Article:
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Tryptic digestion

Tryptic digestion

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Tryptic digestion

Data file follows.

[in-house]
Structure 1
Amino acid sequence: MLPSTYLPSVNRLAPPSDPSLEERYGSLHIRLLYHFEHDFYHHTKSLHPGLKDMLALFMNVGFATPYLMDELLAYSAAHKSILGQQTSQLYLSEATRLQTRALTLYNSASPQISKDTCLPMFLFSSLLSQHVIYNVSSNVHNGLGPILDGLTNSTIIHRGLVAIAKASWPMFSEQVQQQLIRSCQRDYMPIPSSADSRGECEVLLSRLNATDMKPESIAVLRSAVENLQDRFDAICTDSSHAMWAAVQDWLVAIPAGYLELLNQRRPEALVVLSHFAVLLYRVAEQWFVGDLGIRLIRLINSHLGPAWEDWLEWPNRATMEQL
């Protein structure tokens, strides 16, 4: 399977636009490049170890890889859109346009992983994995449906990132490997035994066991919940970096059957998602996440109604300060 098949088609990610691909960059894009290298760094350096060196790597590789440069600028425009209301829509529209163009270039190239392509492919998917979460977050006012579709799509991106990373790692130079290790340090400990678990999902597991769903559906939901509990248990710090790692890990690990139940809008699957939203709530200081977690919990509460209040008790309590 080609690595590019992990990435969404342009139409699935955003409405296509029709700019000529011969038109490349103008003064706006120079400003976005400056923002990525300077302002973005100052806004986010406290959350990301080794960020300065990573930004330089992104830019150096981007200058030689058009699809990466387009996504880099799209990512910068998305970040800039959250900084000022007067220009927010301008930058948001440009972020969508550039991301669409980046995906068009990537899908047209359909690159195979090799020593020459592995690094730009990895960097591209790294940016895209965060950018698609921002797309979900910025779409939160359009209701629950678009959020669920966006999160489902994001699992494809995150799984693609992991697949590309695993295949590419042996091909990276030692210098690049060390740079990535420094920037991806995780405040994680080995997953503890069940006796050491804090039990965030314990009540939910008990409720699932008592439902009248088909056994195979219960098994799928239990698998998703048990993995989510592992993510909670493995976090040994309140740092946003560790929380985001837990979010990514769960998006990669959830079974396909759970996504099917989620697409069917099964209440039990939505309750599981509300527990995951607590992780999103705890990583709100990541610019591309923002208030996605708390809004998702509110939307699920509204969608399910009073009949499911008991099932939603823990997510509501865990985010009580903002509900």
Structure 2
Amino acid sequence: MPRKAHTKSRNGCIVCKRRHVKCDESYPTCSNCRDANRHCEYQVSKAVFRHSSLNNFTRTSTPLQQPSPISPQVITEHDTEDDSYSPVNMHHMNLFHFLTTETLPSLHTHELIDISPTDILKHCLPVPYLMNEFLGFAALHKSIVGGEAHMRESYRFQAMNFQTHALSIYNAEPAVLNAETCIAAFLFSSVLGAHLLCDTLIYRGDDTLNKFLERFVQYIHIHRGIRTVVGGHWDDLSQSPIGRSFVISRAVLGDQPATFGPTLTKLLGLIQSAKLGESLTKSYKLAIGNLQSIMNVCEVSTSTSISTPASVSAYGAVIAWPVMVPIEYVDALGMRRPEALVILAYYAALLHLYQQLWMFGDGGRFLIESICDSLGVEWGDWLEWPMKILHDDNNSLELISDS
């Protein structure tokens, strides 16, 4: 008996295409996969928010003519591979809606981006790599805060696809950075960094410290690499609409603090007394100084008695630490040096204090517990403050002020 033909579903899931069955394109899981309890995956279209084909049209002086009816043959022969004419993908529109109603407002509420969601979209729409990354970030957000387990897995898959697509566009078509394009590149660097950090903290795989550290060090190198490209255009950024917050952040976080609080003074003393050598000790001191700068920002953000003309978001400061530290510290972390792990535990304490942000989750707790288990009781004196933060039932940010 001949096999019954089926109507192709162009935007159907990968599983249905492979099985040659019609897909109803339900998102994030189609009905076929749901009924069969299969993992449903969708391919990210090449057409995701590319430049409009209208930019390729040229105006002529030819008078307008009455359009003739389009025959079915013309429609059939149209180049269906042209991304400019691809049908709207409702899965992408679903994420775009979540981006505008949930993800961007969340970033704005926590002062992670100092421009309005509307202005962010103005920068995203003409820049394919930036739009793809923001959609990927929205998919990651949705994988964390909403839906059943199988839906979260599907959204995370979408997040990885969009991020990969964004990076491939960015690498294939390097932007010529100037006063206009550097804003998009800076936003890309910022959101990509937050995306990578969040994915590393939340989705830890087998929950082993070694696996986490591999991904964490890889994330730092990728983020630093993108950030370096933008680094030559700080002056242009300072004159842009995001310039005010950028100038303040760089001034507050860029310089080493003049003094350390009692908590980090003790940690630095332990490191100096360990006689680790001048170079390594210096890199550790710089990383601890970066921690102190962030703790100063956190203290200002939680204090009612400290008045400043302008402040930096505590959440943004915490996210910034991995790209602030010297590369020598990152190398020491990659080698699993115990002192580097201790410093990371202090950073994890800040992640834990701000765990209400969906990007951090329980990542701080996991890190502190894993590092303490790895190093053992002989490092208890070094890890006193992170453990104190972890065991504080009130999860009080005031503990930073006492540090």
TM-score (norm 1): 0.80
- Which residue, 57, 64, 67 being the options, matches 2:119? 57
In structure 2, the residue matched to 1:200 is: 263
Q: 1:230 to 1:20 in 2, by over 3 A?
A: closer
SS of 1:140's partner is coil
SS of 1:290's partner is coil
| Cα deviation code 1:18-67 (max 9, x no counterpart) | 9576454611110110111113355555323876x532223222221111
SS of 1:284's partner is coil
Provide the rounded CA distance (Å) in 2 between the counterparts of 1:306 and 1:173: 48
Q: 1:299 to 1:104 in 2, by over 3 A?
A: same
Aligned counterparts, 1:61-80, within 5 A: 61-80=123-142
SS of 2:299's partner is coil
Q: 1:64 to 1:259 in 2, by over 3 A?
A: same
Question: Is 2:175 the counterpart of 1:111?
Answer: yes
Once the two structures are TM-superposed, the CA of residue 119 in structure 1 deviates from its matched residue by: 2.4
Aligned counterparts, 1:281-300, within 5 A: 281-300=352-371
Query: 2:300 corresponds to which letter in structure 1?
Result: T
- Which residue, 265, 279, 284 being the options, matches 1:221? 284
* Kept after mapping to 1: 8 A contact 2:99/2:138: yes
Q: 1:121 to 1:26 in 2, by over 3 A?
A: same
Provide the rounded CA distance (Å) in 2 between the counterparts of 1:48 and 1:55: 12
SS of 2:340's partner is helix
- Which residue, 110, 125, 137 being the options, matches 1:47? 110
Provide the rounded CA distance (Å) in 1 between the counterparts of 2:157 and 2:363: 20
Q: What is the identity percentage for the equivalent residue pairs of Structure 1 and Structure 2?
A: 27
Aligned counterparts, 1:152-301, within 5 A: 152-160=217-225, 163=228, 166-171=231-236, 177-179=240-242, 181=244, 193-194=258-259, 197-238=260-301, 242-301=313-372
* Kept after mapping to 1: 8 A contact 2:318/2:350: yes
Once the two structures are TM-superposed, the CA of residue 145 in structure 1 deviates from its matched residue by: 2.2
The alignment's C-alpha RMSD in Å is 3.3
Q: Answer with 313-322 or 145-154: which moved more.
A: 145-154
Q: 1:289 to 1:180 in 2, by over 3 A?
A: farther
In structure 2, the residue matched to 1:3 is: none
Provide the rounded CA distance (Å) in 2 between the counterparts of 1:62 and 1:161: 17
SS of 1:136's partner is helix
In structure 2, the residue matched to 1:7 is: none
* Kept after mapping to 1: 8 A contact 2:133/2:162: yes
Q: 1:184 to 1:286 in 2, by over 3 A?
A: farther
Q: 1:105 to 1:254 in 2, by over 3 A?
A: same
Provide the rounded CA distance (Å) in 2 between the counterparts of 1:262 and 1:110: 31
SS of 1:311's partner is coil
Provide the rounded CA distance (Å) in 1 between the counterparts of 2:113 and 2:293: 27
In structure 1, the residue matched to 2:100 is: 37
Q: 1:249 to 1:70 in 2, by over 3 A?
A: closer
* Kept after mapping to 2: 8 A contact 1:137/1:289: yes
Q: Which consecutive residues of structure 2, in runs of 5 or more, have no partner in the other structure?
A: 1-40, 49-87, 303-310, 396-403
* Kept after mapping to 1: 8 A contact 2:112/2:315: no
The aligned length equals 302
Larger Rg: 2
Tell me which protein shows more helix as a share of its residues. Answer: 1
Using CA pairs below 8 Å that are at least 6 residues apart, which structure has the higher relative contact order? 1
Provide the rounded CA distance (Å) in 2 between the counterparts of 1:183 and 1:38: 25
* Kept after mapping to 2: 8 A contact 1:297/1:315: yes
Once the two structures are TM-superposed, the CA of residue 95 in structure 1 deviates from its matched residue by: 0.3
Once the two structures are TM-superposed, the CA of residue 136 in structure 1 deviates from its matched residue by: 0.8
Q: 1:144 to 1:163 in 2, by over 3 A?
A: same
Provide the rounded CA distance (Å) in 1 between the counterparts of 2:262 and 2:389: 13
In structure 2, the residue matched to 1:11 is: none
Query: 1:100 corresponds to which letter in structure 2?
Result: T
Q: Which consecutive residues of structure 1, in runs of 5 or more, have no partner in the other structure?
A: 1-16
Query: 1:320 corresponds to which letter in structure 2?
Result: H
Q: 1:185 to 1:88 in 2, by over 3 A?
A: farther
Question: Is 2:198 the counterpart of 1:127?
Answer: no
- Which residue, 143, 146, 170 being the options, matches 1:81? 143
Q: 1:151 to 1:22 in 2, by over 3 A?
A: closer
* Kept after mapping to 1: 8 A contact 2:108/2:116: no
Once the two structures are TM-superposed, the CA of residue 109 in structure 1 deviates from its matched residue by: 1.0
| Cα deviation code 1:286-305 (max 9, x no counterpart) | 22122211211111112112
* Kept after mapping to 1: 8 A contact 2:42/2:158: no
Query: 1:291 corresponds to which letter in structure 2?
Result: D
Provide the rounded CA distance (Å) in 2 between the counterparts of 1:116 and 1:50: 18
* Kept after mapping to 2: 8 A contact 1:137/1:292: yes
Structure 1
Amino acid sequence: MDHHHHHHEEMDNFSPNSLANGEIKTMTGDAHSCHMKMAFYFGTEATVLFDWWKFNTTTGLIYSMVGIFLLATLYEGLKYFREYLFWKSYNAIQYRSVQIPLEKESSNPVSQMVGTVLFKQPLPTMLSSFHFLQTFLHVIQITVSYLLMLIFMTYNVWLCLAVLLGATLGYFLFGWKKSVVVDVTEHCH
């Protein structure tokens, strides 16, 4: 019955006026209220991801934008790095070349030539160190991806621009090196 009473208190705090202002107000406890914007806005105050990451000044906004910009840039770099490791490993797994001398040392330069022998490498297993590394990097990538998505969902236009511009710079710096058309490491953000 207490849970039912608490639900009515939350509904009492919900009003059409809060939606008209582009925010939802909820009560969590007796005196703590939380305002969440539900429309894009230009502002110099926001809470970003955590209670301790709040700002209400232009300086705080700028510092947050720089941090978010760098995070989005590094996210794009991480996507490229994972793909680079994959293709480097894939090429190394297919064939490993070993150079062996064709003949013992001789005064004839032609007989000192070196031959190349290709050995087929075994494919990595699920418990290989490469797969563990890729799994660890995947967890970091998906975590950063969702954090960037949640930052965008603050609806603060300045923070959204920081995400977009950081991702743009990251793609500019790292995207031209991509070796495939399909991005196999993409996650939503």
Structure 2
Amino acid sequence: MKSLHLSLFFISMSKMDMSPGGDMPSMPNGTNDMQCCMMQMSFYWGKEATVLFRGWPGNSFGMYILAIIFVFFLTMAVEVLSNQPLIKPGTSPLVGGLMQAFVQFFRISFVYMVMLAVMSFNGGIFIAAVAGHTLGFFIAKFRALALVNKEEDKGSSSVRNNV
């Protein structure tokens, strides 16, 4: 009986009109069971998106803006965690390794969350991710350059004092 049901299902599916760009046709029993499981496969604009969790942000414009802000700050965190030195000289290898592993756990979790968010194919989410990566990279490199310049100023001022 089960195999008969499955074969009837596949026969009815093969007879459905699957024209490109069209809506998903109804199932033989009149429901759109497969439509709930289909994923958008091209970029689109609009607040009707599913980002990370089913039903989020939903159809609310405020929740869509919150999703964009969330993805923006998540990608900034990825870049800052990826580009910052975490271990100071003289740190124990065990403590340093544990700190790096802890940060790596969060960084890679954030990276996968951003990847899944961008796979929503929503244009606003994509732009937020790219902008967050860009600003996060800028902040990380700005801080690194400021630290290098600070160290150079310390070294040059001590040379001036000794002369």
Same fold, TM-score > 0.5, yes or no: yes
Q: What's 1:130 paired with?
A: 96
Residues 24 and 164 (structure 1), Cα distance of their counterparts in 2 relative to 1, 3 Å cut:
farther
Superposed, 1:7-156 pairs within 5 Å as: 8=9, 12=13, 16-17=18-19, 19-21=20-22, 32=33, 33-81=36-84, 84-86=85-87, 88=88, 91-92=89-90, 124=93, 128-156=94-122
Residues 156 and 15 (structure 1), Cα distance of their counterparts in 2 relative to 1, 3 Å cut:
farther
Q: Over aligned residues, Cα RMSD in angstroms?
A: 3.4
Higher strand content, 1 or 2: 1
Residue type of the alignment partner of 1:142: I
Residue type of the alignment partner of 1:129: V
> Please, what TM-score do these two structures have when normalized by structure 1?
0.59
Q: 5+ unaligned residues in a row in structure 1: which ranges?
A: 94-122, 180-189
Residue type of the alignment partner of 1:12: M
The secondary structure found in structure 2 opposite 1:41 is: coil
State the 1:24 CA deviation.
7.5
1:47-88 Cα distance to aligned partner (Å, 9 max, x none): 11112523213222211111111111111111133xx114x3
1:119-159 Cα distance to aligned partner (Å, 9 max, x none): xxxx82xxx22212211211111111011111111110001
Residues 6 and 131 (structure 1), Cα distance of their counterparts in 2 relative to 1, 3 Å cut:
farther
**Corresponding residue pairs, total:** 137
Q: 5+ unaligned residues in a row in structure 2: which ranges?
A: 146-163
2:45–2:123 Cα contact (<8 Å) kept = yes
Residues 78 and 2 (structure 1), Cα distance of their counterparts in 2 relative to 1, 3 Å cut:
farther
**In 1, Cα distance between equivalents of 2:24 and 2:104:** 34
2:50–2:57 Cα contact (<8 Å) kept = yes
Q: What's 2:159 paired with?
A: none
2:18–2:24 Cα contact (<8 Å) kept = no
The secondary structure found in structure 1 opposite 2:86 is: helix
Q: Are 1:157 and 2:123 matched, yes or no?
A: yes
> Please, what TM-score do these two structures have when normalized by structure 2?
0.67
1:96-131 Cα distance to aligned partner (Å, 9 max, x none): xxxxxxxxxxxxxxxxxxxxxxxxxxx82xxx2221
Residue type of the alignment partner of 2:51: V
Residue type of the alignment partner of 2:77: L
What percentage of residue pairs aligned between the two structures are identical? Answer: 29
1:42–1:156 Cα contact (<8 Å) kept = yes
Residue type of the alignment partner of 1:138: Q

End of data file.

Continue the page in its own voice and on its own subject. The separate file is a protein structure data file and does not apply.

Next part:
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  1. Centre for Protein Research, Department of Biochemistry, University of OtagoTorsten Kleffmann (Research Fellow), Joanne Preston (Technician), Diana Carne (Technician) Proteomics Workflow for Gel-based and LC-coupled Mass Spectrometry Protein or peptide pre-fractionationis a prerequisite for the reduction of sample complexity and therefore improving the dynamic range of protein detection and identification. Sample complexity can be reduced by either a gel-based or gel-free approach. The latter can include a protein/peptide purification and pre-fractionation by multidimensional liquid chromatography. Gel based analyses are typically performed either by 1-D gel electrophoresis followed by an in-gel protein digestion and further fractionation of peptides by liquid chromatography or by two-dimensional gel electrophoresis. Two-dimensional gel electrophoresis(2-DE) is frequently used to separate and purify proteins as single molecular species. Approximately 1500 different protein spots can be separated in a single gel. 2-DE is a quantitative method and is used for differentially displaying the protein complements of different samples. However, 2-DE has some limitations such as a low resolution of membrane proteins and very large or very alkaline protein species. To circumvent these limitations, proteins can be digested with trypsin and the tryptic peptides pre-fractionated by liquid chromatography prior to mass spectrometry. Liquid Chromatography(LC) of tryptic peptides is usually performed as nano flow reversed phase- liquid chromatography (RP-LC) which is coupled either offline or online to mass spectrometry. When 2-D chromatography is performed a strong cation exchange chromatography is connected upstream to RP-LC. Via anautomated MALDI-plate spottingof the collected fractions MALDI mass spectrometry is efficiently coupled to LC fractionation. In a 2-D LC MALDI experiment the tryptic peptides of approximately 150-200 proteins are resolved into ca. 400 fractions on a single MALDI-plate which is then analysed in a tandem time-of-flight mass spectrometer. MALDI tandem time-of-flight mass spectrometrycombines high mass accuracy and resolution of a TOF-analyser with highly specific precursor ion selection for sensitive CID (collision induced dissociation) analysis. The effective sensitivity for MS/MS analyses is in the low fmol range. Alternativelyelectrospray ionization ion trap mass spectrometrycan be coupled online to an LC-system. However Paul Ion Trap instruments have a low resolution whereas an efficient CID achieves complex fragmentation patterns which are appropriate for unambiguous protein identification by a single peptide fragment spectrum. Thus both instrument setups are particularly suitable for high throughput proteomics. Such large scale analyses generate a huge amount of data which has to be interpreted by different software tools for unambiguous protein identification. The spectral data (peak lists) is searched against sequence databases with the help of software tools likeMascot or SEQUEST. These programs perform an in silico digestion of the sequence database to generate a list of peptides matching the determined masses from the precursor ion measurements. The fragment spectra are then scored based on the comparison with in silico generated fragmentation patterns of the matched database sequences. 2-dimensionalgel electrophoresis 1-dimensional gelelectrophoresis Multidimensional protein/peptideliquid chromatography Tryptic digestion 1-D or 2-D peptide liquid chromatography Tryptic digestion Analysis of PTMs MALDI plate spotting MALDI ToF/ToF LC-ESI ion trapmass spectrometry Mascot search engine De novo sequencing SEQUEST algorithm Not all organisms which are of great scientific interest are fully sequenced yet. Proteins of such organisms can be identified by Mascot and SEQUEST only if they have a 100% peptide sequence match in homologous proteins of sequenced organisms. Sequence information can be gained by a manual interpretation of fragment spectra. This procedure is referred to asde novo sequencing. However de novo sequencing is labour intensive and very error prone. In general it provides short sequence tags which can be used for homology searches and protein identification.